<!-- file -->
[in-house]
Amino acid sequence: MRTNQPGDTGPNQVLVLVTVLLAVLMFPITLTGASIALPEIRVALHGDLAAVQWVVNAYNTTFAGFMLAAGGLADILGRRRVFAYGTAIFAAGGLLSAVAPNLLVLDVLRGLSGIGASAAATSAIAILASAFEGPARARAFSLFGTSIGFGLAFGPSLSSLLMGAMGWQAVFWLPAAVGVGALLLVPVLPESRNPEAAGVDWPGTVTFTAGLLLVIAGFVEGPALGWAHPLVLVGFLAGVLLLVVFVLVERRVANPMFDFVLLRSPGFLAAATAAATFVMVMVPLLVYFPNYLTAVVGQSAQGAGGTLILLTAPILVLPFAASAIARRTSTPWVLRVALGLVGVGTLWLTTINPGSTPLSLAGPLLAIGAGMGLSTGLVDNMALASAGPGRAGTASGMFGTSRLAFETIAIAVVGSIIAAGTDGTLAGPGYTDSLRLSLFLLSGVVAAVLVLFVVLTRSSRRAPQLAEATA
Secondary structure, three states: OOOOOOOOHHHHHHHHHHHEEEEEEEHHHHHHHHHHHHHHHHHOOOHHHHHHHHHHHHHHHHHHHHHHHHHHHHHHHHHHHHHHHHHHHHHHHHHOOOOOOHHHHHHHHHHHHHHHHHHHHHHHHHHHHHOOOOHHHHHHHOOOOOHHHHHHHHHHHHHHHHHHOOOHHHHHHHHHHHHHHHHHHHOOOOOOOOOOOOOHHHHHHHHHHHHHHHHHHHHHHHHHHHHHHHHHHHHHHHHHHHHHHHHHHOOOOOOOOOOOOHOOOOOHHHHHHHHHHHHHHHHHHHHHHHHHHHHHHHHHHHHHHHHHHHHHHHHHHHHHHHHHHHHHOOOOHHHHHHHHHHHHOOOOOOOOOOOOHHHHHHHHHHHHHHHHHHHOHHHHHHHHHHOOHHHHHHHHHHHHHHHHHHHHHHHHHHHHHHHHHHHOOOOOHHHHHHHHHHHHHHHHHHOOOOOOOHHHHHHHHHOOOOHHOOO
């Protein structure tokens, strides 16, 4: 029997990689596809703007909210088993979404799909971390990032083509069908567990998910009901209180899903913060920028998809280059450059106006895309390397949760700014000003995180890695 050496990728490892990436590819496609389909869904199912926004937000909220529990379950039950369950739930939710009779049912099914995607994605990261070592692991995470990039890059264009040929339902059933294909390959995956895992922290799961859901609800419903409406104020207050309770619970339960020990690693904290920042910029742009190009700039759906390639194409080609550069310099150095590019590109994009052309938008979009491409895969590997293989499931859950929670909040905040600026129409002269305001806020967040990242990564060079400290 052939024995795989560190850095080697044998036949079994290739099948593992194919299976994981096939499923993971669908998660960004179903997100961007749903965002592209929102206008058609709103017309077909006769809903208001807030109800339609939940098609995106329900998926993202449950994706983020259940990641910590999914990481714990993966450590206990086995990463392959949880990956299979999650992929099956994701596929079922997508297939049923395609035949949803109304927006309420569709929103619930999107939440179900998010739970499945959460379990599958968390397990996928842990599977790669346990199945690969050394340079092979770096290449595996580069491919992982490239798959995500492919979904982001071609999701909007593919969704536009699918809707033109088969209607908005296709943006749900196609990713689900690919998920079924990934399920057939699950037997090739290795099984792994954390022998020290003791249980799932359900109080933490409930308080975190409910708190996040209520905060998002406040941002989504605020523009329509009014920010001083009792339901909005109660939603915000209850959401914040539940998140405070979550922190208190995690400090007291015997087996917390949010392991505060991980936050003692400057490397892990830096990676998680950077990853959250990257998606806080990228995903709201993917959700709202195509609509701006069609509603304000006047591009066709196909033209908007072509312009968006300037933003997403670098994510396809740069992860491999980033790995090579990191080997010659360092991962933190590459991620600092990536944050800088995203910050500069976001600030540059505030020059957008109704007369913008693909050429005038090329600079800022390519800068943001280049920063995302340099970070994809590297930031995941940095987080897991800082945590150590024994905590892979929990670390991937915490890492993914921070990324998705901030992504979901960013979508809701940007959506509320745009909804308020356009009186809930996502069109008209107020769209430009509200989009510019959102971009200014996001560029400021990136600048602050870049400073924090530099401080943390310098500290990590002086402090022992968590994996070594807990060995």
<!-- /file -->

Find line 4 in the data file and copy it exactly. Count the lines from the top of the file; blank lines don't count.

């Protein structure tokens, strides 16, 4: 029997990689596809703007909210088993979404799909971390990032083509069908567990998910009901209180899903913060920028998809280059450059106006895309390397949760700014000003995180890695 050496990728490892990436590819496609389909869904199912926004937000909220529990379950039950369950739930939710009779049912099914995607994605990261070592692991995470990039890059264009040929339902059933294909390959995956895992922290799961859901609800419903409406104020207050309770619970339960020990690693904290920042910029742009190009700039759906390639194409080609550069310099150095590019590109994009052309938008979009491409895969590997293989499931859950929670909040905040600026129409002269305001806020967040990242990564060079400290 052939024995795989560190850095080697044998036949079994290739099948593992194919299976994981096939499923993971669908998660960004179903997100961007749903965002592209929102206008058609709103017309077909006769809903208001807030109800339609939940098609995106329900998926993202449950994706983020259940990641910590999914990481714990993966450590206990086995990463392959949880990956299979999650992929099956994701596929079922997508297939049923395609035949949803109304927006309420569709929103619930999107939440179900998010739970499945959460379990599958968390397990996928842990599977790669346990199945690969050394340079092979770096290449595996580069491919992982490239798959995500492919979904982001071609999701909007593919969704536009699918809707033109088969209607908005296709943006749900196609990713689900690919998920079924990934399920057939699950037997090739290795099984792994954390022998020290003791249980799932359900109080933490409930308080975190409910708190996040209520905060998002406040941002989504605020523009329509009014920010001083009792339901909005109660939603915000209850959401914040539940998140405070979550922190208190995690400090007291015997087996917390949010392991505060991980936050003692400057490397892990830096990676998680950077990853959250990257998606806080990228995903709201993917959700709202195509609509701006069609509603304000006047591009066709196909033209908007072509312009968006300037933003997403670098994510396809740069992860491999980033790995090579990191080997010659360092991962933190590459991620600092990536944050800088995203910050500069976001600030540059505030020059957008109704007369913008693909050429005038090329600079800022390519800068943001280049920063995302340099970070994809590297930031995941940095987080897991800082945590150590024994905590892979929990670390991937915490890492993914921070990324998705901030992504979901960013979508809701940007959506509320745009909804308020356009009186809930996502069109008209107020769209430009509200989009510019959102971009200014996001560029400021990136600048602050870049400073924090530099401080943390310098500290990590002086402090022992968590994996070594807990060995």